Declining response rates for polls mean we must rely on the shrinking minority of Americans that agree to be interviewed to represent the broader public. Josh Clinton finds that Democrats were more likely to agree to be interviewed than Republicans or Independents in 2020. Common corrections could not compensate, as the partisans who do respond aren’t representative of those who don’t. Amnon Cavari finds that the people who refuse to participate in polls are less educated and less interested in politics. This means our measures of polarization overestimate partisan differences by speaking only to the highly engaged. We rely on public opinion surveys, but small response biases can paint a misleading picture.
Matt Grossmann: Are polls misrepresenting Americans? This week on the Science of Politics for Niskanen Center, I’m Matt Grossmann. Polling is ubiquitous, helping us predict elections and understand American public opinion. But declining response rates mean we’re reliant on the shrinking minority of Americans that are interviewed to represent the broader public. If they’re unrepresentative, we may be getting a misleading picture. New evidence suggests that because not all Americans are equally willing to participate. The polls may get elections wrong and make the country look more polarized than it is.
Today. I talk with Josh Clinton, of Vanderbilt University about his new public opinion, quarterly article with John Lapinski and Marc Trussler, Reluctant Republicans, Eager Democrats. They find that in 2020, Democrats were more likely to agree to be interviewed than Republicans and especially independents. Common corrections were not able to compensate as the partisans that do respond aren’t representative of those who don’t.
He says that contributed to the big 2020 polling miss. I also talked to Amnon Cavari of Reichman University about his American political science review article with Guy Freedman, Survey Nonresponse and Mass Polarization. They find that response rates have gone way down over time. Not because we can’t reach people, but because they refuse to participate. Those who are interviewed are more educated and interested in politics on several issues. This means our measures of polarization overestimate our differences. They both say we can no longer assume that those who do respond are representative of those who don’t. Clinton began with explaining the 2020 polling miss.
Josh Clinton: The big findings was that as many people have known that pre-election polls in 2020 had a large amount of polling error in 30 years. All right? And at the same time, there’s been more polling being done now than ever before. And so one difficulty is like, what’s the source of that error? What actually happened? And the big difficulty is that we often try to look at polling and try to diagnose polling errors by looking at who responds. But that’s really hard to do without some information about who doesn’t respond. And so most of the time all we know is who’s responding. And though trying to figure out the counterfactual about, well, who’s now talking to pollsters is really, really hard. And so what we were able to do is we were able to use voter registration data that was being used to conduct polling to actually directly compare the characteristics of people who responding to polls to those who were not.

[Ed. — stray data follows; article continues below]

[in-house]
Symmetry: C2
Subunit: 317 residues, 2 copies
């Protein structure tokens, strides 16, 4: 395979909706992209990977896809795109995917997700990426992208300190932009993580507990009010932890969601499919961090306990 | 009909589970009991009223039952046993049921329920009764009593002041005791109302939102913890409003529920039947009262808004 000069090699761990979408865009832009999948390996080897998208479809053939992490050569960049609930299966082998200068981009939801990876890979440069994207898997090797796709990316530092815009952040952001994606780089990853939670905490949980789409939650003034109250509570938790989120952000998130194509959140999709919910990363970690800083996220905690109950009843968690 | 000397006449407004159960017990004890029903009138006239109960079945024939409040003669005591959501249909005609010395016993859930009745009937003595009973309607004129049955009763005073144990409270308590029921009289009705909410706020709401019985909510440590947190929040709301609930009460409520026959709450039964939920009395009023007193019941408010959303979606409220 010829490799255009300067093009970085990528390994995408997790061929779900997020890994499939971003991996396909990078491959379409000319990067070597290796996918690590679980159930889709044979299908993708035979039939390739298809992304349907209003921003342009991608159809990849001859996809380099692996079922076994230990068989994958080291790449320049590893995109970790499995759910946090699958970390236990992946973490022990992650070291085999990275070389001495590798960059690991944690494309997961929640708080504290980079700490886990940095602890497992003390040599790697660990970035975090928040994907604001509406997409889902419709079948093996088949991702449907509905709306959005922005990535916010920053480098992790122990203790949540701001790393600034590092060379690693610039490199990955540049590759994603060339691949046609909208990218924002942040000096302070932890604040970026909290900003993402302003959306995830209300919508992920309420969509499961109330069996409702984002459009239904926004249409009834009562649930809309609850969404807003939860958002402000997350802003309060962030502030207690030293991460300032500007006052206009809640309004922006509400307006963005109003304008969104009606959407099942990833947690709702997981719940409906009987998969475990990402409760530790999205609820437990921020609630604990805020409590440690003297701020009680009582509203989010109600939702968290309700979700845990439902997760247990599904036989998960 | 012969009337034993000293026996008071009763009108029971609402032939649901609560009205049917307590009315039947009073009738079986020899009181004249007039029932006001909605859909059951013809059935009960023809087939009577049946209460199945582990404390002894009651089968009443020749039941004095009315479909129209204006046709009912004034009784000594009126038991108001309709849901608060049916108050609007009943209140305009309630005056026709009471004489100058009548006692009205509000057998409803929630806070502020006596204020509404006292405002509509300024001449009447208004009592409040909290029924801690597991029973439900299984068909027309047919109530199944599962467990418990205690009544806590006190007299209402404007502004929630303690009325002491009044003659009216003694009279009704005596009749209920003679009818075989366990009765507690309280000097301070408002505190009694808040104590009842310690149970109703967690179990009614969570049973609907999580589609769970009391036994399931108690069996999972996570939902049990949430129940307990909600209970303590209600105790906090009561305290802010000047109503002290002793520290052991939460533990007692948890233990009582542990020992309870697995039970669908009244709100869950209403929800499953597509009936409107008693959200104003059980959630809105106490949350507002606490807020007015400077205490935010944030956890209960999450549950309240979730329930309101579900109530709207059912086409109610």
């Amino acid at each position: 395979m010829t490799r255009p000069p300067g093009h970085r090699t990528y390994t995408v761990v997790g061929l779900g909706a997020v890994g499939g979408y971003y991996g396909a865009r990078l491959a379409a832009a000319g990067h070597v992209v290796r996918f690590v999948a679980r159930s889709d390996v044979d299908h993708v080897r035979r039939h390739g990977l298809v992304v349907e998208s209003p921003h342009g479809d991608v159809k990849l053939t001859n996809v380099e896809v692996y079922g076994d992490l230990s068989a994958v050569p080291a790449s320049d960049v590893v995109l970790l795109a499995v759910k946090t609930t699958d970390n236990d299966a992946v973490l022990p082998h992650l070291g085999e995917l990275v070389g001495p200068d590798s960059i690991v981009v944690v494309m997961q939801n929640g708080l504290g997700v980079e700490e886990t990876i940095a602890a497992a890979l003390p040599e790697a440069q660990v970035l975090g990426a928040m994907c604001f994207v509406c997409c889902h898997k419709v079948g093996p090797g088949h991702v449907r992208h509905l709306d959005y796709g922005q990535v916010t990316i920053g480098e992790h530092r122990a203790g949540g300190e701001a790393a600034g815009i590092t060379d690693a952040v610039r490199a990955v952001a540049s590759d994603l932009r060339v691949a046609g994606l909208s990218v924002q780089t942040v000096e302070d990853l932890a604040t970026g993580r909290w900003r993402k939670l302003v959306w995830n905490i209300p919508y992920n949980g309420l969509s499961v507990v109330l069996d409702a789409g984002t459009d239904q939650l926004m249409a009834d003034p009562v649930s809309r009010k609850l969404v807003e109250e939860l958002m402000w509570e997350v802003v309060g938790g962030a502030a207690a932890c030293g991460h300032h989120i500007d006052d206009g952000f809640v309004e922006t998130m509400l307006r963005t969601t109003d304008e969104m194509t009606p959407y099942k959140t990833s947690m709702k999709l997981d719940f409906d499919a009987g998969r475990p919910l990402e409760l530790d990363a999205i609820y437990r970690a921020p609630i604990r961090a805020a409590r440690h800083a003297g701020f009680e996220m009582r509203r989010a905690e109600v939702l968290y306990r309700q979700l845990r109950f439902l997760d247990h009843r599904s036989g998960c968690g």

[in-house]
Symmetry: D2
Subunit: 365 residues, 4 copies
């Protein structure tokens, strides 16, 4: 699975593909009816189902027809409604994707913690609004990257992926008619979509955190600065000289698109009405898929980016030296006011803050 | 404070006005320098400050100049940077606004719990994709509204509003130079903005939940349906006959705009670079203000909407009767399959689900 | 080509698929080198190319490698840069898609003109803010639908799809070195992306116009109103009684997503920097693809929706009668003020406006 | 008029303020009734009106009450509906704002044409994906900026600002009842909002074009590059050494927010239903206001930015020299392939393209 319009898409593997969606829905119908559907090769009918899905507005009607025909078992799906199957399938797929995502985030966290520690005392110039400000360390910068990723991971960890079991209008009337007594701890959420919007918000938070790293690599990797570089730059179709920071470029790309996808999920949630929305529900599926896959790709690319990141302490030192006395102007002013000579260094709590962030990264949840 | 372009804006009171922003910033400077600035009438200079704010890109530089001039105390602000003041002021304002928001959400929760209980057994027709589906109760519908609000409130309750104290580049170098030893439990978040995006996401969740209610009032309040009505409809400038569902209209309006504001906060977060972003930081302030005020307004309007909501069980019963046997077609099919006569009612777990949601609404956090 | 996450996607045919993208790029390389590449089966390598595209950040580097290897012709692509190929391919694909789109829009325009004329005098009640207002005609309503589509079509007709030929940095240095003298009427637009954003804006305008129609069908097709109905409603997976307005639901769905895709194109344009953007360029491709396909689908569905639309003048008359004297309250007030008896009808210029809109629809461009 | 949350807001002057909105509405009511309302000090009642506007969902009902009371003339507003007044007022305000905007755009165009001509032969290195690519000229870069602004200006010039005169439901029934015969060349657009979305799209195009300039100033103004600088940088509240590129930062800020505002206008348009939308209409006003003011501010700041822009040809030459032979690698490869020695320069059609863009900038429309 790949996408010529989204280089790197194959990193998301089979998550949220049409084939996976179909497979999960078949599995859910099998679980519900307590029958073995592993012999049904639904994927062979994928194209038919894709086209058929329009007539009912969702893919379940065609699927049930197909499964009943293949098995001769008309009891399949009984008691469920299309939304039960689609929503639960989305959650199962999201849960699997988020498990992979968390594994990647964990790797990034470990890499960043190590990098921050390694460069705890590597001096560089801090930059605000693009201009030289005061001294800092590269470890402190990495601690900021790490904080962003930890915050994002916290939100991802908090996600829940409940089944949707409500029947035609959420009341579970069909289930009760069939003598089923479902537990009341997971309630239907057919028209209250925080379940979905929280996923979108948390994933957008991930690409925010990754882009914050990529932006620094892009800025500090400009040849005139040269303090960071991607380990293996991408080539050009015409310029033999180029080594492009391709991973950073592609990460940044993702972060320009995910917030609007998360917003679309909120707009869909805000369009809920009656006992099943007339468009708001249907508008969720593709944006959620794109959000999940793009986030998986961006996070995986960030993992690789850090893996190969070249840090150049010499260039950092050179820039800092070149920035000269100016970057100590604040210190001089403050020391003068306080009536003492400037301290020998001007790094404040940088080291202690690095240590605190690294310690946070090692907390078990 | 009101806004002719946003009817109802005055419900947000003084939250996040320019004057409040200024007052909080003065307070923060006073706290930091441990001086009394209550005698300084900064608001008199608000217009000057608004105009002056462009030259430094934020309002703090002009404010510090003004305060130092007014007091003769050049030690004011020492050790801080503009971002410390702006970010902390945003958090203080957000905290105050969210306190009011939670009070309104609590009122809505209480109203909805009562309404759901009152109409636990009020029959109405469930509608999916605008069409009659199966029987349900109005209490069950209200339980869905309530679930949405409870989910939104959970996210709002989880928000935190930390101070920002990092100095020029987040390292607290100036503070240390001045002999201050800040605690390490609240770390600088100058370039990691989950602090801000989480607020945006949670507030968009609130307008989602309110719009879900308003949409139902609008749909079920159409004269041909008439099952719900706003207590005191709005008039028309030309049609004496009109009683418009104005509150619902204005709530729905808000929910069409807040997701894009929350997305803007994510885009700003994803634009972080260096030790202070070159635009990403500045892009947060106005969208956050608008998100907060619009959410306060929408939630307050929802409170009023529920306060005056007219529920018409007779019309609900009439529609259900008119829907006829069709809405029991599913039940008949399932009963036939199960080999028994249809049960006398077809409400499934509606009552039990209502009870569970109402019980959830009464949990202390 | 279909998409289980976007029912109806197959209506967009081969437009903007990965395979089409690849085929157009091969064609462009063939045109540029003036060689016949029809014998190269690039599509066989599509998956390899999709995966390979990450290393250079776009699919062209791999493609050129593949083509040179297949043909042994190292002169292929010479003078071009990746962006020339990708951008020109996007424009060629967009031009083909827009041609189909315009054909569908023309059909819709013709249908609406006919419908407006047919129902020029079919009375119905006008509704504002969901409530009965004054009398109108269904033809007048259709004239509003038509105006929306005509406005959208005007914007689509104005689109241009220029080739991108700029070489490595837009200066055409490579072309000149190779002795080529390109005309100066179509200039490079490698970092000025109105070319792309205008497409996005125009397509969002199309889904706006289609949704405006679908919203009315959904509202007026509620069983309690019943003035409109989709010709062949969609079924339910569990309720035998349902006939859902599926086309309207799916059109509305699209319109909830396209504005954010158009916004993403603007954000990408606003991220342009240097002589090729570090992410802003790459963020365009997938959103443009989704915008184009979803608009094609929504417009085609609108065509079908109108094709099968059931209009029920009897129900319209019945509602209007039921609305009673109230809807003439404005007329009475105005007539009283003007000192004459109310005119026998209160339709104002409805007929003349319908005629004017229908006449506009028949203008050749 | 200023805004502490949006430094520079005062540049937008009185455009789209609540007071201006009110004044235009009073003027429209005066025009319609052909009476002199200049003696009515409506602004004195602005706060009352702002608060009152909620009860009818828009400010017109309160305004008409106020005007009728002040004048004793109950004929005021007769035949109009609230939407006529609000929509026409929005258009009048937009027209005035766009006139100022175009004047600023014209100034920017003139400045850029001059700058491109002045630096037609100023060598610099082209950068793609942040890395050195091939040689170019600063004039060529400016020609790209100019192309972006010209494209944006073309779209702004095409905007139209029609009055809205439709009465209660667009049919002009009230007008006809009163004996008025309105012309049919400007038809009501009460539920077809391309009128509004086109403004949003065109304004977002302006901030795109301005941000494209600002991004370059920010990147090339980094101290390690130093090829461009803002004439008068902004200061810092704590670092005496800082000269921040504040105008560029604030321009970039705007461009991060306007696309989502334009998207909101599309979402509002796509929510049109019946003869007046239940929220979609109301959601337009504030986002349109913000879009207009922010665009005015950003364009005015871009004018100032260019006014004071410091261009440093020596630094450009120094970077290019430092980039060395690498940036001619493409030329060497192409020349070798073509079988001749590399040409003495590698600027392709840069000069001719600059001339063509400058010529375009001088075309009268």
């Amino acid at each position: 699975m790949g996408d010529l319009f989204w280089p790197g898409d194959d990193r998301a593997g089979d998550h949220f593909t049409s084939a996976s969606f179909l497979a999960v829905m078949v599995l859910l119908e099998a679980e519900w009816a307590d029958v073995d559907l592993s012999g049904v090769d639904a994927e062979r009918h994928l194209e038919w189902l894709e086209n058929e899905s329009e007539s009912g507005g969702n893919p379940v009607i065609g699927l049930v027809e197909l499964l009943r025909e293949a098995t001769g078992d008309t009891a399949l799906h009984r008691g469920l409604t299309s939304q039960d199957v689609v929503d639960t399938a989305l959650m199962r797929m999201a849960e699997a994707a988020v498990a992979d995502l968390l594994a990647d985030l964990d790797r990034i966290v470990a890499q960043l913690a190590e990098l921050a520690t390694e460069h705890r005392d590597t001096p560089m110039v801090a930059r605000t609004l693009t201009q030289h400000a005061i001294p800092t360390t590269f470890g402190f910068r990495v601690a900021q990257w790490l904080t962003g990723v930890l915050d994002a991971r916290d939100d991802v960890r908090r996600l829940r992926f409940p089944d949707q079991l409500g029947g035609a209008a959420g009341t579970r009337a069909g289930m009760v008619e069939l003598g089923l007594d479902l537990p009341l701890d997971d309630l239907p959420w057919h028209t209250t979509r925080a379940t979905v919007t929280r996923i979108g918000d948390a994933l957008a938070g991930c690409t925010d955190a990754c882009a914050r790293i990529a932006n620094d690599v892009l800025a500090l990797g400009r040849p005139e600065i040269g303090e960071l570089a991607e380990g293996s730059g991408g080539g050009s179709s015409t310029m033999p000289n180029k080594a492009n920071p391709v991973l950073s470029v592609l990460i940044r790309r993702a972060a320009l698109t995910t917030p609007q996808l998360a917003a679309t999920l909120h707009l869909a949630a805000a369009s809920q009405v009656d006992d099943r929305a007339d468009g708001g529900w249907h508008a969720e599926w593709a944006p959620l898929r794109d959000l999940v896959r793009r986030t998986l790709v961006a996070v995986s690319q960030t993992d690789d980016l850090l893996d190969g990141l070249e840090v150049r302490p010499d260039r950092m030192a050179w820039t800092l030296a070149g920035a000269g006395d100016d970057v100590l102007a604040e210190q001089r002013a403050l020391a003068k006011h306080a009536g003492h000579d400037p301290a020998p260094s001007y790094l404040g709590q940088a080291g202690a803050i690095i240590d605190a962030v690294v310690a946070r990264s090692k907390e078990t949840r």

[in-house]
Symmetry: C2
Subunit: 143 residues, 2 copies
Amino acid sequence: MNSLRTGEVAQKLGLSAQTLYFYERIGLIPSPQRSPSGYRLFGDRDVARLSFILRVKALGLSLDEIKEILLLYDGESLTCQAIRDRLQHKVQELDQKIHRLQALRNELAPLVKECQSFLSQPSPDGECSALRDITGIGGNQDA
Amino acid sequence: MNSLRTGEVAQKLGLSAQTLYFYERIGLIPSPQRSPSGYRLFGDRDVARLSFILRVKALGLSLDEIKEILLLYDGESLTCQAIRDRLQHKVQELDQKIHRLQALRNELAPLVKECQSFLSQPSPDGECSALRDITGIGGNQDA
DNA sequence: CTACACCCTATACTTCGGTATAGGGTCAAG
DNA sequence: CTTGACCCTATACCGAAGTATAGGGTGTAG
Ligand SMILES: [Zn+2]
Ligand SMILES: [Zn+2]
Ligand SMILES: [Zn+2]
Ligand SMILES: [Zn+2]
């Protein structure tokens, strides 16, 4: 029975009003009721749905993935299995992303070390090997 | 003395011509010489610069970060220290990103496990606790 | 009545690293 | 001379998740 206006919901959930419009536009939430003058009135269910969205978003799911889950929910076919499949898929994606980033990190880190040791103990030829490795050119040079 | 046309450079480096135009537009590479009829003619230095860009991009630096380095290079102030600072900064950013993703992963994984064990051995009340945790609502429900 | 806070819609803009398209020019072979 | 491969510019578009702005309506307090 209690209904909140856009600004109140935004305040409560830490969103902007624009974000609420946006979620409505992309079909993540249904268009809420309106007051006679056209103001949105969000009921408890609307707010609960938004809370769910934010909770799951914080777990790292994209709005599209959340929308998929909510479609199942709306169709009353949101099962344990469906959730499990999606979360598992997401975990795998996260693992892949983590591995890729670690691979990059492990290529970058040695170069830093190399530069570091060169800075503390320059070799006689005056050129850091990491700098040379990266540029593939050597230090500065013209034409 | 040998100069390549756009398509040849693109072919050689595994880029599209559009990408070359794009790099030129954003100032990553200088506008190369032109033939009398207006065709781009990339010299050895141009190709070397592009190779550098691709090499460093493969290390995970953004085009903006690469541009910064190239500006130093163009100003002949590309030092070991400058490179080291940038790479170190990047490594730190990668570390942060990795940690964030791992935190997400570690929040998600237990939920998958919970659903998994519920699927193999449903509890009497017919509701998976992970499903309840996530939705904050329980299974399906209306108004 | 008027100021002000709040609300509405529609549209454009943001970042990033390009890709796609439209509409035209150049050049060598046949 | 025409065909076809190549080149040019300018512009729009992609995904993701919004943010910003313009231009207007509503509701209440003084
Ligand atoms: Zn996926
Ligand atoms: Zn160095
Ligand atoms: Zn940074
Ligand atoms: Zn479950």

And so we can all use demographic information and information collected in voter files, but in so doing, we show that there’s a pretty large difference in terms of the people who were cooperating with human interviewers versus those that were not. In particular among the 10 states that we looked at, Democrats or people who were identified as Democrats by the voter file were three percentage points, more likely than Republicans to cooperate with pollsters and six percentage points more likely to cooperate than independents.
Now, whether that’s because Democrats were over eager or Republicans were especially reluctant, that’s hard for us and impossible for us to determine because all we can really figure out is what the difference is. But even so, that suggests that there’s something going on there. And we show that when you correct that by making the assumption that if Democrats or Republicans and independents all cooperate equally, then in a lot of states we’re able to reduce the amount of polling error by about an average of four points. So that’s computed by looking at the deficits and what the poll said between Biden and Trump rather, and what the certified vote was. And so that margin shrinks by four percentage points, but importantly, it doesn’t shrink everywhere. And in particular, in critical swing state like Wisconsin and Pennsylvania, there was still a substantial amount of polling error even after we equalized cooperation, which suggests that there’s something else going on there or accordingly we’re lacking good enough data about the partisanship of voters to truck that in balance.